• Yes, but the dilogarithm reflection formula, in your proof, uses the fact that $\displaystyle{\zeta (2)=\frac{{\pi}^2}{6}}.$ Am I wright? I ended up with this series when I was trying to compute $\zeta(2)$ with a certain method. Jun 23, 2017 at 15:14
• @SachpazisStelios: correct. Have a look at this thread (math.stackexchange.com/questions/8337/…) for proving $\zeta(2)=\frac{\pi^2}{6}$. Jun 23, 2017 at 15:19
• Is $\text{Li}_2$ really 'real analytic'? Invoking the polylogarithm feels like cheating the 'elementary way' a bit, indirectly invoking Riemann's zeta.
– orlp
Jun 23, 2017 at 15:21
• @Jack D'Aurizio I knew this amazing thread. Do you remember if there is anyone in this thread, trying to evaluate $\zeta(2)$, like I did? Jun 23, 2017 at 15:22
• @SachpazisStelios: not through the series you want to use, but I showed (and Euler well before me) that by accelerating $\sum_{n\geq 1}\frac{1}{n^2}$ as $\sum_{n\geq 1}\frac{3}{n^2\binom{2n}{n}}$ by creative telescoping, the value of $\zeta(2)$ depends on $\arcsin\left(\frac{1}{2}\right)^2$. Jun 23, 2017 at 15:30

\begin{align} \sum_{n=1}^{\infty}\frac{H_n}{2^n n}&=\sum_{n=1}^{\infty}\frac{H_n}{2^n}\int_o^1 x^{n-1}\ dx=\int_0^1\frac{1}{x}\sum_{n=1}^{\infty}\left(\frac x2\right)^nH_n\ dx\\ &=-\int_{0}^{1}\frac{\ln(1-x/2)}{x(1-x/2)}\ dx\overset{x\mapsto2x}{=}-\int_{0}^{1/2}\frac{\ln(1-x)}{x(1-x)}\ dx\\ &=-\int_{0}^{1/2}\frac{\ln(1-x)}{x}\ dx-\int_{0}^{1/2}\frac{\ln(1-x)}{1-x}\ dx\\ &= \operatorname{Li_2}(1/2)+\frac12\ln^22=\frac12\zeta(2)-\frac12\ln^22+\frac12\ln^22=\frac12\zeta(2) \end{align}

• If you read carefully my question, I proved this. Now, why $\zeta(2)=\frac{{\pi}^2}{6}$ by elementary methods? I want to calculate the series in an other way, to prove that $\zeta(2)=\frac{{\pi}^2}{6}$. Apr 26, 2019 at 18:42
• @Stelios Sachpazis sorry didnt pay attention to that. I submitted a proof to your inquiry. Oct 24, 2019 at 5:35
• +1. At the end of the first line: $\displaystyle\left(1 \over 2\right)^{n}$ must be $\displaystyle\left(\color{red}{\large x} \over 2\right)^{n}$. Otherwise, everything is fine. Jul 27, 2020 at 2:46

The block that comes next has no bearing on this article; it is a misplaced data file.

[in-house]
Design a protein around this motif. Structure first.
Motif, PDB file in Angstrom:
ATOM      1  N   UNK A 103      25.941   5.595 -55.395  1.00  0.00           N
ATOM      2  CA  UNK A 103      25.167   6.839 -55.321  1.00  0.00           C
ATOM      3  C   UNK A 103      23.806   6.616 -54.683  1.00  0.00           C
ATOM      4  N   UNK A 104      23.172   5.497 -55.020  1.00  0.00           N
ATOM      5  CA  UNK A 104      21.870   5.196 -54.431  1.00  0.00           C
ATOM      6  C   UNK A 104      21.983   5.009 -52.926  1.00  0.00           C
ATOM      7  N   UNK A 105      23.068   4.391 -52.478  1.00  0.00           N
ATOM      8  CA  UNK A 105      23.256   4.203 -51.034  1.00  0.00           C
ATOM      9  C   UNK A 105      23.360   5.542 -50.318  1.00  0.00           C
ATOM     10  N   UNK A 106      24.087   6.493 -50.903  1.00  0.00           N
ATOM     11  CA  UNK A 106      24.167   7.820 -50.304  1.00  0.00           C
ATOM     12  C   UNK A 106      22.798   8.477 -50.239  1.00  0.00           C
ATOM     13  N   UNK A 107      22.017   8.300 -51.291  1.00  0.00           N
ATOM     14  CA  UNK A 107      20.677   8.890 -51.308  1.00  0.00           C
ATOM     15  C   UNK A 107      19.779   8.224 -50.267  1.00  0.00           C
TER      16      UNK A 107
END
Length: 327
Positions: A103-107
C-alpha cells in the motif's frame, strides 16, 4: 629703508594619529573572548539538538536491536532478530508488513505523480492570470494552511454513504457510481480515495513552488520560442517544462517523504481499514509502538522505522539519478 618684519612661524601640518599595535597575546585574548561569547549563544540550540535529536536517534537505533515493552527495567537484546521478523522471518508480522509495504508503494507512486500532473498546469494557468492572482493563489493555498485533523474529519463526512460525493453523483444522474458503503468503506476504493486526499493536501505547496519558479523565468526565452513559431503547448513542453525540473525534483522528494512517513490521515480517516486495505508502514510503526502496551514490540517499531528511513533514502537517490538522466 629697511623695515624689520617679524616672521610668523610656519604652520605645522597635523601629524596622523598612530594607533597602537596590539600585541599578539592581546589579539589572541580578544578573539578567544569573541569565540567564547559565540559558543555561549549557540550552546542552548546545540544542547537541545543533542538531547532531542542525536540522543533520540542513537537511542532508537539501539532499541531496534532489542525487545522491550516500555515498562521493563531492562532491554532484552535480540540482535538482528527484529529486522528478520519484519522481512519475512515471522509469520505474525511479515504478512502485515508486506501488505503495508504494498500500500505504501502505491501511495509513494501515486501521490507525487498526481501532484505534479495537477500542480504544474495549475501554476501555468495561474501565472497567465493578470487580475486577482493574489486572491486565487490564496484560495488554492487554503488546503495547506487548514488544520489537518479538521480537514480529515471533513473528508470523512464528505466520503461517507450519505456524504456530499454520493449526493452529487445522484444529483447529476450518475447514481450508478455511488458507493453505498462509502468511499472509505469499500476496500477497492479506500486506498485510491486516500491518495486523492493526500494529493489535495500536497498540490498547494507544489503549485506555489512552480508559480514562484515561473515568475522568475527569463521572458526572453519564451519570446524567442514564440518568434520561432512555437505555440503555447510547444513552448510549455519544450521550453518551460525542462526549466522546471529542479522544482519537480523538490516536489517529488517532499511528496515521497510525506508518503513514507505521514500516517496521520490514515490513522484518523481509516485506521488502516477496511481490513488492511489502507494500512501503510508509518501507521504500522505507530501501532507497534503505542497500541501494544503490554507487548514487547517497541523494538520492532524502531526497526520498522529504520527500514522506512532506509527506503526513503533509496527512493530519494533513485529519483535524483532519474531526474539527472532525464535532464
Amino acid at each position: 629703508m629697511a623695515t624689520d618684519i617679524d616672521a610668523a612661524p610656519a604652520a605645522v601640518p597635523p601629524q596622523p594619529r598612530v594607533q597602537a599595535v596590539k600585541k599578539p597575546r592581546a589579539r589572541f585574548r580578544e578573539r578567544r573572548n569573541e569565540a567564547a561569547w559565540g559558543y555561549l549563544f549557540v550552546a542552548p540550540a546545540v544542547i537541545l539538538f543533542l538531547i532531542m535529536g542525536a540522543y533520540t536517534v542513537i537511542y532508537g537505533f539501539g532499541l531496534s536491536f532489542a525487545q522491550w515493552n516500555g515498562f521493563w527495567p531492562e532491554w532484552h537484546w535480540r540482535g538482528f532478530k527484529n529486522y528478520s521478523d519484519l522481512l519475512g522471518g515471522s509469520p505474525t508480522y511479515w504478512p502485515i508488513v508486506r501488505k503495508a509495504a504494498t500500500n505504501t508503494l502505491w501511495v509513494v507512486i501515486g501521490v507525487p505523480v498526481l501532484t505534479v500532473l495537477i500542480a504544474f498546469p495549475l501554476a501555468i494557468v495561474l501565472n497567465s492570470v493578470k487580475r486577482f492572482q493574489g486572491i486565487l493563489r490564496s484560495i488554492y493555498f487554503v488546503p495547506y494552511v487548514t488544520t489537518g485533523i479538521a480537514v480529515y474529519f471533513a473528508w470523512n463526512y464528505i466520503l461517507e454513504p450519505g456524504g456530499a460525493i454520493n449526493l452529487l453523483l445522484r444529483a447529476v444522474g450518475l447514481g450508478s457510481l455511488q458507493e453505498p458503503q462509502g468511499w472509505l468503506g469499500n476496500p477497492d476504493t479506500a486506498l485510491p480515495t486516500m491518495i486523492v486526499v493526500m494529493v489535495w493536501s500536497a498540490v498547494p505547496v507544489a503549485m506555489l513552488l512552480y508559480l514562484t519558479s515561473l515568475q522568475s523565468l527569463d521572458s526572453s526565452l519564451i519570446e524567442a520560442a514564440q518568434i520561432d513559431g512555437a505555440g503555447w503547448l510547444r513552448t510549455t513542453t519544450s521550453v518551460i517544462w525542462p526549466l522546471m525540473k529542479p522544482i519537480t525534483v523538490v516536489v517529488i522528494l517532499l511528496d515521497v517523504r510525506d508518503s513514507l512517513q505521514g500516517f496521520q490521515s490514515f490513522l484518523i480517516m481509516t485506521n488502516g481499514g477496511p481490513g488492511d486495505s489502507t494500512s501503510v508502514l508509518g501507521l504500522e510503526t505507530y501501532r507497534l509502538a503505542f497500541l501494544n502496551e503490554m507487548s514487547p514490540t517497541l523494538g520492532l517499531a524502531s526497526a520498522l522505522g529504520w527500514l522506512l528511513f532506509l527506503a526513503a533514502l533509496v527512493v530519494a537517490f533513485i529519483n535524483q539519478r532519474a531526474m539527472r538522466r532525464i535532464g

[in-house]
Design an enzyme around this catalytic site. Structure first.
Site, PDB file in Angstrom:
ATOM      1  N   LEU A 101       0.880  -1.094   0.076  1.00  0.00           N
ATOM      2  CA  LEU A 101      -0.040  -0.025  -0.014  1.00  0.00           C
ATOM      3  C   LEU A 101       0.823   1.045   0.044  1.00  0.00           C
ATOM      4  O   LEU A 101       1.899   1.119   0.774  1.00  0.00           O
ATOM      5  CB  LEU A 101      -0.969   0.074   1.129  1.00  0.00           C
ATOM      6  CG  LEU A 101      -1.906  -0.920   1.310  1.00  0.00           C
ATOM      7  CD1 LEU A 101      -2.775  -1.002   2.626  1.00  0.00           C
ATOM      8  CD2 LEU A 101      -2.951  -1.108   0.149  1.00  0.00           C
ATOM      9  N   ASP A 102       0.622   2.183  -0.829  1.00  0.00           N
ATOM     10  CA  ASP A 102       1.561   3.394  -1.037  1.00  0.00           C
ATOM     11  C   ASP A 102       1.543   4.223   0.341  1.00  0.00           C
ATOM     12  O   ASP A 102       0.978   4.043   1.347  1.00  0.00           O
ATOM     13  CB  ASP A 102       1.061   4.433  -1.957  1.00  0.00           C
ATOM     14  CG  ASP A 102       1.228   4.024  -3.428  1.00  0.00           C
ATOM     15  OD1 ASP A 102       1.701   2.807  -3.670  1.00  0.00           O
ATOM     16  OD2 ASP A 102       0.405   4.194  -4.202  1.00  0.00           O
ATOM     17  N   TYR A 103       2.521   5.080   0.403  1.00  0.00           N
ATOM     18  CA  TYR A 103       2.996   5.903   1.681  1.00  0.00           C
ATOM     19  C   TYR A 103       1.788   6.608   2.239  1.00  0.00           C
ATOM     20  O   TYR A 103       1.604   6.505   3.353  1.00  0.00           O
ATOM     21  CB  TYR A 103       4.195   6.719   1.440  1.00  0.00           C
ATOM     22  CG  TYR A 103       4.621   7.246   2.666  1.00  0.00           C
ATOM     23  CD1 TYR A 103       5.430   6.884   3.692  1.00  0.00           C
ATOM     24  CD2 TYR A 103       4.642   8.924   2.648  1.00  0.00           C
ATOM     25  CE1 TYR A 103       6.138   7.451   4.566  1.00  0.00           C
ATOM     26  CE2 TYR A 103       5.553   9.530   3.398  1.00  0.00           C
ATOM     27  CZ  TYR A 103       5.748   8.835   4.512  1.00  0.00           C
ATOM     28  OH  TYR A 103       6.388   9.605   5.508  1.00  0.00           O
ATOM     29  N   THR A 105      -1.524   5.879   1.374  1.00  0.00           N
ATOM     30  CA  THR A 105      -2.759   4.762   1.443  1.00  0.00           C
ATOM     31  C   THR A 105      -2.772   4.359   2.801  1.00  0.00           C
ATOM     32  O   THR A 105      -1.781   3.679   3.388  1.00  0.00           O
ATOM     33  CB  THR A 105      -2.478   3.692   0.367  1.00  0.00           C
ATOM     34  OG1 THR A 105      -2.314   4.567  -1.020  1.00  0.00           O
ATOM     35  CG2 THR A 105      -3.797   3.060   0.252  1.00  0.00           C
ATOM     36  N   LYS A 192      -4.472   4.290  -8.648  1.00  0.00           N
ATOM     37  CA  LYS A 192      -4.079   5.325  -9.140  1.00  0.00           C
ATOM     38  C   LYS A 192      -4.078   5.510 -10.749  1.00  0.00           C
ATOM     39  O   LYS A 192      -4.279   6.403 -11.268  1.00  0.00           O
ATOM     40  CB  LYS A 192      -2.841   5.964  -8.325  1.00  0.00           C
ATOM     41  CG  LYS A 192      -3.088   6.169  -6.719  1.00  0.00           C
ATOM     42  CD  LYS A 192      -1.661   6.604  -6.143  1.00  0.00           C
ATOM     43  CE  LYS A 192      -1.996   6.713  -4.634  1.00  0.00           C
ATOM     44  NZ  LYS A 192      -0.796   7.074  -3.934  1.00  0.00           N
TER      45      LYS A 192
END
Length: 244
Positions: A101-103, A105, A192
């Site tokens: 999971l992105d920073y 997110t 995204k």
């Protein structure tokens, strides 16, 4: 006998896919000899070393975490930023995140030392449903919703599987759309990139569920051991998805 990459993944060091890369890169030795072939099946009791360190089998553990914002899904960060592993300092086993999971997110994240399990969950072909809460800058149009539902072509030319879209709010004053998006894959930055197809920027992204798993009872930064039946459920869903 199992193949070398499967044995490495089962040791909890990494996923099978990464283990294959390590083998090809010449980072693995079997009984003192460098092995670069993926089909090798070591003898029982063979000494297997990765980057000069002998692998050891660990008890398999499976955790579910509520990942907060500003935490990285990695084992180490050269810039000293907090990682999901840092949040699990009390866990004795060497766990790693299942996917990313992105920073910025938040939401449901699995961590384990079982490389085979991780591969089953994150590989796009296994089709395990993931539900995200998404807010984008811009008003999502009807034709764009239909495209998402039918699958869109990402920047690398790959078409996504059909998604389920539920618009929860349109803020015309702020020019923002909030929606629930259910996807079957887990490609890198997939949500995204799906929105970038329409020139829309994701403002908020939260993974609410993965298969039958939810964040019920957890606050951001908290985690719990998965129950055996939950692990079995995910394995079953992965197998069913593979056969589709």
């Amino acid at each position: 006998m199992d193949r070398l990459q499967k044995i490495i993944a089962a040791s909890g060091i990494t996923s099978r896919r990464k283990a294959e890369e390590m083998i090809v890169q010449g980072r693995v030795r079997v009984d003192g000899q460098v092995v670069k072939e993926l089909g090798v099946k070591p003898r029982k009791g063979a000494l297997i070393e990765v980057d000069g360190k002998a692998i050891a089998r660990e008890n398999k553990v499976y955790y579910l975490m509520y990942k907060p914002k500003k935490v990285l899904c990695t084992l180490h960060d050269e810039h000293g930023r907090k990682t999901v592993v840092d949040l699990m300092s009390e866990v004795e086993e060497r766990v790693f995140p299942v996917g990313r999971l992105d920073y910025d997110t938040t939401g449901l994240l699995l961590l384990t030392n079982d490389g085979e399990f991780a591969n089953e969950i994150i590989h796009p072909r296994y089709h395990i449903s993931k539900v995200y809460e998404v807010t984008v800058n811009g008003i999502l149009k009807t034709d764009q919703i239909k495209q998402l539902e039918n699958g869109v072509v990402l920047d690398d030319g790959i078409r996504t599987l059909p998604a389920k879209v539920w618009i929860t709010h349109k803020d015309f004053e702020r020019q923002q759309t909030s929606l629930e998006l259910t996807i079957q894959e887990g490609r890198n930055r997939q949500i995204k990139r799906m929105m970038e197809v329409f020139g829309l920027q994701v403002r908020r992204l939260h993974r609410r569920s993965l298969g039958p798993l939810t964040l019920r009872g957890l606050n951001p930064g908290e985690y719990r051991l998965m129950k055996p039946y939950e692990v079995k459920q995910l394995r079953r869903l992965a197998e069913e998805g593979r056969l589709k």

• Thank you @Felix Martin Jul 27, 2020 at 5:54

I found the proof that $$\zeta(2)=\frac{\pi^2}{6}$$ on YouTube but I did little changes:

\begin{align} I&=\int_0^{\pi/2}\ln(2\cos x)\ dx=\int_0^{\pi/2}\ln\left(e^{ix}(1+e^{-2ix})\right)\ dx\\ &=\int_0^{\pi/2}ix\ dx-\sum_{n=1}^\infty \frac{(-1)^n}{n}\int_0^{\pi/2}e^{-2ix}\ dx\\ &=\frac{\pi^2}{8}i-\sum_{n=1}^\infty\frac{(-1)^n}{n}\left(-\frac{(-1)^n-1}{2in}\right)\\ &=\frac{\pi^2}{8}i-\frac12i\left(\zeta(2)-\operatorname{Li}_2(-1)\right)\\ &=\frac{\pi^2}{8}i-\frac12i\left(\zeta(2)+\frac12\zeta(2)\right)\\ &=i\left(\frac{\pi^2}{8}-\frac34\zeta(2)\right) \end{align}

By comparing the imaginary parts, we have

$$0=\frac{\pi^2}{8}-\frac34\zeta(2)\Longrightarrow\zeta(2)=\frac{\pi^2}{6}$$

• This also provides a second way of calculating the integral $\int_{0}^{\pi/2}\ln (2\cos x)dx.$ Feb 24, 2020 at 14:08

\begin{align}J&=\int_{0}^{\frac{1}{2}}\frac{\ln (1-x)}{x(x-1)}dx\\ &\overset{x=\frac{y}{1+y}}=\int_0^1 \frac{\ln(1+y)}{y}\,dy\\ &=\int_0^1 \frac{\ln(1-y^2)}{y}\,dy-\int_0^1 \frac{\ln(1-t)}{t}\,dt\\ &\overset{u=y^2}=\frac{1}{2}\int_0^1 \frac{\ln(1-u)}{u}\,du-\int_0^1 \frac{\ln(1-t)}{t}\,dt\\ &=-\frac{1}{2}\int_0^1 \frac{\ln(1-u)}{u}\,du\\ &\overset{w=1-u}=-\frac{1}{2}\int_0^1 \frac{\ln w}{1-w}\,dw\\ &=-\frac{1}{2}\times -\frac{\pi^2}{6}\\ &=\boxed{\frac{\pi^2}{12}} \end{align}

NB: i assume that:

$$\displaystyle \int_0^1 \frac{\ln x}{1-x}\,dx=-\zeta(2)=-\frac{\pi^2}{6}$$